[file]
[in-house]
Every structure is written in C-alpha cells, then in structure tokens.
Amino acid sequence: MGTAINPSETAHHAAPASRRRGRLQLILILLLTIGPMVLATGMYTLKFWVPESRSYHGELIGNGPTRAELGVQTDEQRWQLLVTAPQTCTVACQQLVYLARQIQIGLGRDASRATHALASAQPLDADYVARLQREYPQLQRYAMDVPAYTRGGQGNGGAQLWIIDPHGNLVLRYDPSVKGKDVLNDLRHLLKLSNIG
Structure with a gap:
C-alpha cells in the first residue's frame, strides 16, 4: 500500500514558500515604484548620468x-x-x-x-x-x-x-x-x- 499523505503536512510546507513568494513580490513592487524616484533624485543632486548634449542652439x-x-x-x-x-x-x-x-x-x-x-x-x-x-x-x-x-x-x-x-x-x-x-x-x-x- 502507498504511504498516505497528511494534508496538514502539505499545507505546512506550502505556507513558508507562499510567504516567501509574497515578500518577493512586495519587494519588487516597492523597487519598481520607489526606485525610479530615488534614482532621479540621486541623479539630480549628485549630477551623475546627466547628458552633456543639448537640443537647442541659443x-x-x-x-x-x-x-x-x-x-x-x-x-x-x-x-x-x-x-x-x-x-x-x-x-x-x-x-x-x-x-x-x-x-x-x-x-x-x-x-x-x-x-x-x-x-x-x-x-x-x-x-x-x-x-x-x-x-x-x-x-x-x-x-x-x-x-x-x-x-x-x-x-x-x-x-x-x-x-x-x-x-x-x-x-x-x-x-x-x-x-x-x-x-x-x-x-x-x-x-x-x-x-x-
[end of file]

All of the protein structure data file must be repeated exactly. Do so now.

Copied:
[in-house]
Every structure is written in C-alpha cells, then in structure tokens.
Amino acid sequence: MGTAINPSETAHHAAPASRRRGRLQLILILLLTIGPMVLATGMYTLKFWVPESRSYHGELIGNGPTRAELGVQTDEQRWQLLVTAPQTCTVACQQLVYLARQIQIGLGRDASRATHALASAQPLDADYVARLQREYPQLQRYAMDVPAYTRGGQGNGGAQLWIIDPHGNLVLRYDPSVKGKDVLNDLRHLLKLSNIG
Structure with a gap:
C-alpha cells in the first residue's frame, strides 16, 4: 500500500514558500515604484548620468x-x-x-x-x-x-x-x-x- 499523505503536512510546507513568494513580490513592487524616484533624485543632486548634449542652439x-x-x-x-x-x-x-x-x-x-x-x-x-x-x-x-x-x-x-x-x-x-x-x-x-x- 502507498504511504498516505497528511494534508496538514502539505499545507505546512506550502505556507513558508507562499510567504516567501509574497515578500518577493512586495519587494519588487516597492523597487519598481520607489526606485525610479530615488534614482532621479540621486541623479539630480549628485549630477551623475546627466547628458552633456543639448537640443537647442541659443x-x-x-x-x-x-x-x-x-x-x-x-x-x-x-x-x-x-x-x-x-x-x-x-x-x-x-x-x-x-x-x-x-x-x-x-x-x-x-x-x-x-x-x-x-x-x-x-x-x-x-x-x-x-x-x-x-x-x-x-x-x-x-x-x-x-x-x-x-x-x-x-x-x-x-x-x-x-x-x-x-x-x-x-x-x-x-x-x-x-x-x-x-x-x-x-x-x-x-x-x-x-x-x-